15/n The challenge to make 75 pax solar ferry was thrown open as tender. We grabbed it. We had to get 3 things right – (1) reduce the weight by half using GRP and aluminum, (2) reduce drag to one-third by optimising the underwater shape, and (3) efficient, and rugged power train.

16/n To making the boat better than current boats four more things are done: (1) Catamaran hull for enhanced stability (2) Independent power train so that there is safety & redundancy, (3) use of LFP or LTO battery chemistry, and (4) complete information in the dashboard with remote monitoring.

17/n Once the design was approved by IR Class, the boat construction commenced with the making of pattern. The end of this step is mirror finished surface.

18/n From the pattern, mould is generated. The two hulls are made using this mirror finished mould. This is also the time when I spend time visiting Alapuzha and Thiruvananthapuram vigilance offices explaining how the boat will actually run unlike the compliant raised by our detractors.

19/n A few months down the line the boat was ready to launch. On the day before the launch, our detractors filed a PIL in High Court claiming that the project is a waste of public money and that the boat would not run.

20/n A couple of weeks later the sea trials at full load was conducted in the presence of technical committee and IR Class. ADITYA demonstrated that the boat can run at 7.5 knots carrying 75 passengers.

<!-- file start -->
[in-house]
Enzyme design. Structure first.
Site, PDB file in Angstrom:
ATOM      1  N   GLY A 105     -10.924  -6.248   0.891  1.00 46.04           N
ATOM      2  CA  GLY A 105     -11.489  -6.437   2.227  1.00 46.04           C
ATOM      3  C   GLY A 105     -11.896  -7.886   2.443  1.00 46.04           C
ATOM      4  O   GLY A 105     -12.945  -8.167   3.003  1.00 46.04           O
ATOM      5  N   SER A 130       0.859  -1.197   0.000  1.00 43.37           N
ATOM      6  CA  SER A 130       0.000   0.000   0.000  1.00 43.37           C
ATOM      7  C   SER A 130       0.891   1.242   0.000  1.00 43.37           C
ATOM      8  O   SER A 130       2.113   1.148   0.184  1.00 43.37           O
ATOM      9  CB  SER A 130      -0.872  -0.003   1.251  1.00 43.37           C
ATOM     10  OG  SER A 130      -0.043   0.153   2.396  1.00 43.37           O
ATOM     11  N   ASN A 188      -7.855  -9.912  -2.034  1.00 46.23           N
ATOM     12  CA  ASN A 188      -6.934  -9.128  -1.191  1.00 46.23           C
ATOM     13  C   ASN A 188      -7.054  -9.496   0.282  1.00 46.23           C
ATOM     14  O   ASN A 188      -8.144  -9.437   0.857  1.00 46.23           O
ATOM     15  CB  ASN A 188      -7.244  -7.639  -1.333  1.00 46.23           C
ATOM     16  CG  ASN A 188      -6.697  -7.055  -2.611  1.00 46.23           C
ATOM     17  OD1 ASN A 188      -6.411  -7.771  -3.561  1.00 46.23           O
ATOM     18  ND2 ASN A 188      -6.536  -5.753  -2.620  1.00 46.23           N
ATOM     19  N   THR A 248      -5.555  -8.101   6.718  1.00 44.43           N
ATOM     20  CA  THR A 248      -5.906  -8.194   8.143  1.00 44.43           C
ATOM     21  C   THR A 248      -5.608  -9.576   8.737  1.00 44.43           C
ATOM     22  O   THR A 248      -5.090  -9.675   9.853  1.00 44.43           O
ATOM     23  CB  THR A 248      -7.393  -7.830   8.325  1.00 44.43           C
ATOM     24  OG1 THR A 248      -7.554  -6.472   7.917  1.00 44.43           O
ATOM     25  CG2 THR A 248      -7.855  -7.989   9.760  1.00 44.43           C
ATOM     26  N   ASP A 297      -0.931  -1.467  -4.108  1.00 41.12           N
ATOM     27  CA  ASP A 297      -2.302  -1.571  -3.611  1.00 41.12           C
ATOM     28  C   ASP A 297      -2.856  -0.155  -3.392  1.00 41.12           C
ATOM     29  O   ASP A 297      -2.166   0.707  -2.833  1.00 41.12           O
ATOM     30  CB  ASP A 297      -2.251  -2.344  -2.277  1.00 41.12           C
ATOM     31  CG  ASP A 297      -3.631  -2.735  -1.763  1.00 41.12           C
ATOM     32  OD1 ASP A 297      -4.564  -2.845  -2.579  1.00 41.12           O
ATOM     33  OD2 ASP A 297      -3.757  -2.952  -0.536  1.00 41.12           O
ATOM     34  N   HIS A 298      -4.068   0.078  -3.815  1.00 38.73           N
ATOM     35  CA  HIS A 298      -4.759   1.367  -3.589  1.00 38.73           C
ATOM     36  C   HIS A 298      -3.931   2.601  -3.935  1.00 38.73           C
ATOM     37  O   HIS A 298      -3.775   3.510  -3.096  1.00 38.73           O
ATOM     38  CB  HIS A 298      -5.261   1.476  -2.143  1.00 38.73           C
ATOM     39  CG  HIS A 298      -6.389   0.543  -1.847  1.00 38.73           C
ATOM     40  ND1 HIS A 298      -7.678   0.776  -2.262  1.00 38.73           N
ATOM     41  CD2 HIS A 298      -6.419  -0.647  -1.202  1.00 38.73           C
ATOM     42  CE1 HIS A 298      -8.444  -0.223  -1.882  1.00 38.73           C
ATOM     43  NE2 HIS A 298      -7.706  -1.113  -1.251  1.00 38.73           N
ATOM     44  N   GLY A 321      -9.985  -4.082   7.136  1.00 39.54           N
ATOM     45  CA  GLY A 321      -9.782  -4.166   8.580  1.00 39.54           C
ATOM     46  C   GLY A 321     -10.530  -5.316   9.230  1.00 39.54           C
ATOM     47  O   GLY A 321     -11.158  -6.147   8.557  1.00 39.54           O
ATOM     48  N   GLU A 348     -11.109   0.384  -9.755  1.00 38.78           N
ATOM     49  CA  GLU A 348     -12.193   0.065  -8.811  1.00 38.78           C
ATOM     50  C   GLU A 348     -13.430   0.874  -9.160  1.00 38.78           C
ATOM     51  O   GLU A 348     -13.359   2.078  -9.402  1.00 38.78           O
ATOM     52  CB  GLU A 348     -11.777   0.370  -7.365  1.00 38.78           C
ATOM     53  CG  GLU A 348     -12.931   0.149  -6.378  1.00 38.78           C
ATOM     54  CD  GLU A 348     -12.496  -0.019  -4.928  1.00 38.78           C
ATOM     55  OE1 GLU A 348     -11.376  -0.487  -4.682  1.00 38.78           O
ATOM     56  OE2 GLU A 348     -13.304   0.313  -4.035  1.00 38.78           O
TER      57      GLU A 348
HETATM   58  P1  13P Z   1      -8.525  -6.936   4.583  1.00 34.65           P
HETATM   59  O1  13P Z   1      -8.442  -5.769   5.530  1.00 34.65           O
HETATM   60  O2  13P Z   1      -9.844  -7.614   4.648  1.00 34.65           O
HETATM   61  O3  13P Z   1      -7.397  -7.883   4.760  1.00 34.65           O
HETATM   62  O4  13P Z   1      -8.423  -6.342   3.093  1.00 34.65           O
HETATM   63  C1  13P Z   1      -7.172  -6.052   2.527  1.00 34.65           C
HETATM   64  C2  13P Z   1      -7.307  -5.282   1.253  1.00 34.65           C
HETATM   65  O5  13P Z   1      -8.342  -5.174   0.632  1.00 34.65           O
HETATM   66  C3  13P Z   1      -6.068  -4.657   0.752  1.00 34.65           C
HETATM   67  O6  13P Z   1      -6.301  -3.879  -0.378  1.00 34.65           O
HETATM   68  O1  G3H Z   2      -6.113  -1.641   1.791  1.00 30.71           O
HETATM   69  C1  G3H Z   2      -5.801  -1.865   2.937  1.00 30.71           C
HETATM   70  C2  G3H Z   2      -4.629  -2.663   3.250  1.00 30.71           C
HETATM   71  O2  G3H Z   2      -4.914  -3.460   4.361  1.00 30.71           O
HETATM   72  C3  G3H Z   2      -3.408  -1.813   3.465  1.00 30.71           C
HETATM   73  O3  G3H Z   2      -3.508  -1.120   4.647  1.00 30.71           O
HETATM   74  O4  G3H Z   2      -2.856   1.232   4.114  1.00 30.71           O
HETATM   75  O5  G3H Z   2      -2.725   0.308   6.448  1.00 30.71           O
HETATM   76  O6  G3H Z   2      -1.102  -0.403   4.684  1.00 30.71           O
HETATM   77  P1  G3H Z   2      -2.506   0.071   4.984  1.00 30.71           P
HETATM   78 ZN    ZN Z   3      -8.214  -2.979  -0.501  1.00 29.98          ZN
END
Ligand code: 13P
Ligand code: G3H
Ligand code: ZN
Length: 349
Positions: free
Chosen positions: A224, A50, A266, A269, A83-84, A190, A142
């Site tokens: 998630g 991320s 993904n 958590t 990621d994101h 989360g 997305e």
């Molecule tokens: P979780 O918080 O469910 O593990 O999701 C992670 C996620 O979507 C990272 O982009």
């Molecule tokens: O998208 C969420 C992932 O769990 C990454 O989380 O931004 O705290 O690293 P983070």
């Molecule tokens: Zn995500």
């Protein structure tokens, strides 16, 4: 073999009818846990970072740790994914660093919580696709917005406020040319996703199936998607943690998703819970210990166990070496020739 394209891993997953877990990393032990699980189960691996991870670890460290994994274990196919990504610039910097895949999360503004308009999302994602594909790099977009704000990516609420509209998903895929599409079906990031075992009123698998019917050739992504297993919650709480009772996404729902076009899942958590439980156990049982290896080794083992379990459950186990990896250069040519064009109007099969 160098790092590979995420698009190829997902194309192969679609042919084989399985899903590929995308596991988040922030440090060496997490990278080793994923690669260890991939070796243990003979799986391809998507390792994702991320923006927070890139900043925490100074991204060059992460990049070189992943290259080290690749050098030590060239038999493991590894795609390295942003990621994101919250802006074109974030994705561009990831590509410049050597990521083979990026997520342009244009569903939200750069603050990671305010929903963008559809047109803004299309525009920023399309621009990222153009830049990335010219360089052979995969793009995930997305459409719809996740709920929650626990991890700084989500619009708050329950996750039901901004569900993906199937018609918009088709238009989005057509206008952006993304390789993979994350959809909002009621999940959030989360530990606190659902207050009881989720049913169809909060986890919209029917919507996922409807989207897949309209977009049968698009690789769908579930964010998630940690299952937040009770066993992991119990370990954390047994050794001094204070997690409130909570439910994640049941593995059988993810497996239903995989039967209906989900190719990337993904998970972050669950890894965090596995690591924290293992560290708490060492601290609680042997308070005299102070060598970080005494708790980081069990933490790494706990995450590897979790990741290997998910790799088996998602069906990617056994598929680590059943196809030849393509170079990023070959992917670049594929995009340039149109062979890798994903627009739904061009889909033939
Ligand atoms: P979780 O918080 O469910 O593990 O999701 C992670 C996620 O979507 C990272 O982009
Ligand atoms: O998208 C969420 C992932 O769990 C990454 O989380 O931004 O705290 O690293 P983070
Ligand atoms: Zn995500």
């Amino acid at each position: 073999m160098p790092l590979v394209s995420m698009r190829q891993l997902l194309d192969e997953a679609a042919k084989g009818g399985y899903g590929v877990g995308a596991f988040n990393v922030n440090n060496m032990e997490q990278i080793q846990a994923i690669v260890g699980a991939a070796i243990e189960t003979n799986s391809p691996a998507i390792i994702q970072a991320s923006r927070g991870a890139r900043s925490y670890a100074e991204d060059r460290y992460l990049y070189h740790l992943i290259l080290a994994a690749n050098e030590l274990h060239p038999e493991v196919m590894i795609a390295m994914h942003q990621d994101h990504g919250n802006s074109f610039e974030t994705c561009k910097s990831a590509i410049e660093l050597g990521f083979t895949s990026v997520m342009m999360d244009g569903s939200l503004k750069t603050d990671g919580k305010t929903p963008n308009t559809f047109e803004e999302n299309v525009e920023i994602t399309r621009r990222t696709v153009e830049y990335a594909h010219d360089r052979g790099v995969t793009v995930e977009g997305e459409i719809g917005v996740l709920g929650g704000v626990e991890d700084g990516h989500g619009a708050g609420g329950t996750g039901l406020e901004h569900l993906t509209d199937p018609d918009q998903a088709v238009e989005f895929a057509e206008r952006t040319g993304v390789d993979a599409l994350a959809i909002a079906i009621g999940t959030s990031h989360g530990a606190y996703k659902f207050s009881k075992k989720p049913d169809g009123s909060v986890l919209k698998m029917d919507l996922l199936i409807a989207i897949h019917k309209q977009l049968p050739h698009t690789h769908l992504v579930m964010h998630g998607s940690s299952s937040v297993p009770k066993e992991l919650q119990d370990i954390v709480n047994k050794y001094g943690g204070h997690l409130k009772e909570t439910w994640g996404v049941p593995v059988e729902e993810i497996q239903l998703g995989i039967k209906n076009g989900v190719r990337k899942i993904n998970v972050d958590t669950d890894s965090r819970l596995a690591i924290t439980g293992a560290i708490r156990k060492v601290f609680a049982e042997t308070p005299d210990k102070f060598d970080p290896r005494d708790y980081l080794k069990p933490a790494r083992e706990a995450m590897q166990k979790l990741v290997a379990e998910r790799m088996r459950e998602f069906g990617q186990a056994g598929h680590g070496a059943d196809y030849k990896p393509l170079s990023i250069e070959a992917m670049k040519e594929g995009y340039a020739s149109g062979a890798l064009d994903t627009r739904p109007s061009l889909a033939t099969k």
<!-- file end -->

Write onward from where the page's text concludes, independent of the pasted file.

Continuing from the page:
21/n The key success of ADITYA is its extremely low OPEX. The daily energy cost is under 200 Rs. Compared to 7,500 Rs. for a diesel ferry. This gives a saving of 25 lakh Rs. per year. 

22/n The environmental impact of ADITYA is summarised in three groups. SDG 13, Climate action – Yearly 35K litres of diesel is saved and that leads to the prevention of 94T CO2 emission and 8T SOx, NOx, etc. SDG 6 and 14 – No dirty bilges or unburnt fuel pumped in water bodies.

23/n ADITYA is the 1st segment that we have addressed – public transportation. In other applications, as the speed increases or the weight of cargo increases or the distance traveled in a day increases the complexity increases. Some of these will start sailing in 2020.

24/n We could not have made ADITYA if the terms of the contract were skewed like CSL, Indian Navy, or Central Govt. PSUs with 100% payment after delivery. This and many discriminatory policies prevent the growth of MSME. ADITYA must make decision-makers in many PSUs like CSL shed their hangover of foreign technology and look at Indian technologies with an open mind. Many times a level playing field is what MSME seeks. Discriminatory policies prevent the growth of MSME.

25/n ADITYA has proven the economic & environmental benefits of solar ferries. There is no reason why any more inland diesel ferry boats must be built. This also leads to our purpose – “We want to transform transportation on the water the way Tesla has done on roads”.